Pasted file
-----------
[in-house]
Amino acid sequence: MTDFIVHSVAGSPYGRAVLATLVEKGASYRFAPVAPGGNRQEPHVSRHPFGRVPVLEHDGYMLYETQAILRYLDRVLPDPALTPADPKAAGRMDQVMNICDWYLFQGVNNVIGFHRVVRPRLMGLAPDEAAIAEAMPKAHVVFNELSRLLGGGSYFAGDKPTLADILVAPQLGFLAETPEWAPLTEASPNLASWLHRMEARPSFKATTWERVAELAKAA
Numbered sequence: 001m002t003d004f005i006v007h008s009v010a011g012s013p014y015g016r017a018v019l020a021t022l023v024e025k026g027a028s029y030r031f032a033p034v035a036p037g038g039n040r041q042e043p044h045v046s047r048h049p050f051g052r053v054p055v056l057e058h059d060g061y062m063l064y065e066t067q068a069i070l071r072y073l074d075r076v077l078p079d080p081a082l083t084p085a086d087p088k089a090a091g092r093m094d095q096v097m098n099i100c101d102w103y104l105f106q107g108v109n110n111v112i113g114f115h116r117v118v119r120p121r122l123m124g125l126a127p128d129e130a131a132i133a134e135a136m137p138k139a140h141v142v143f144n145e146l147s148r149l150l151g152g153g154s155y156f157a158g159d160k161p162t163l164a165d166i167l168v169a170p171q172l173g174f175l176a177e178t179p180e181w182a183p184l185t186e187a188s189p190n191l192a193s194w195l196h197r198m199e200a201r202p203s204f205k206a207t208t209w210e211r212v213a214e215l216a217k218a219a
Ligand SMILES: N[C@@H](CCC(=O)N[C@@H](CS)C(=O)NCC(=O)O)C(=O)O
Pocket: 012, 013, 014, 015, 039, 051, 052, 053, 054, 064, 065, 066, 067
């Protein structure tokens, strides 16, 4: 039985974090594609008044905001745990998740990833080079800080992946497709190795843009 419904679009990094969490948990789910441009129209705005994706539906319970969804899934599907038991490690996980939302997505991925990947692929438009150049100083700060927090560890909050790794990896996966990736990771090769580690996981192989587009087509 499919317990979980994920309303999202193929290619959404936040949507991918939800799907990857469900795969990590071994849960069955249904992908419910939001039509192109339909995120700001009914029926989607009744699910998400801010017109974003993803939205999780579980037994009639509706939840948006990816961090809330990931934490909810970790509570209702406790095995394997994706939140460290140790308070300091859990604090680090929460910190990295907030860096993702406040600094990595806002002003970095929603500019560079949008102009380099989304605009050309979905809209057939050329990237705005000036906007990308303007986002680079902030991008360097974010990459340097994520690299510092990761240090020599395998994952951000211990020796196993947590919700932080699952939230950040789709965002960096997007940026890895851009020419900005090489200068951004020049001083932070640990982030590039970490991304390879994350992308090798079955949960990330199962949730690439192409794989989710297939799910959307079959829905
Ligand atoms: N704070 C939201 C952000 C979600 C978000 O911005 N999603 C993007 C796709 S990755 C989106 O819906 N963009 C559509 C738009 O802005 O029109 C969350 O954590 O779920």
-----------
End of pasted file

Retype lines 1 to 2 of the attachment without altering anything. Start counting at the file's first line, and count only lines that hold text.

[in-house]
Amino acid sequence: MTDFIVHSVAGSPYGRAVLATLVEKGASYRFAPVAPGGNRQEPHVSRHPFGRVPVLEHDGYMLYETQAILRYLDRVLPDPALTPADPKAAGRMDQVMNICDWYLFQGVNNVIGFHRVVRPRLMGLAPDEAAIAEAMPKAHVVFNELSRLLGGGSYFAGDKPTLADILVAPQLGFLAETPEWAPLTEASPNLASWLHRMEARPSFKATTWERVAELAKAA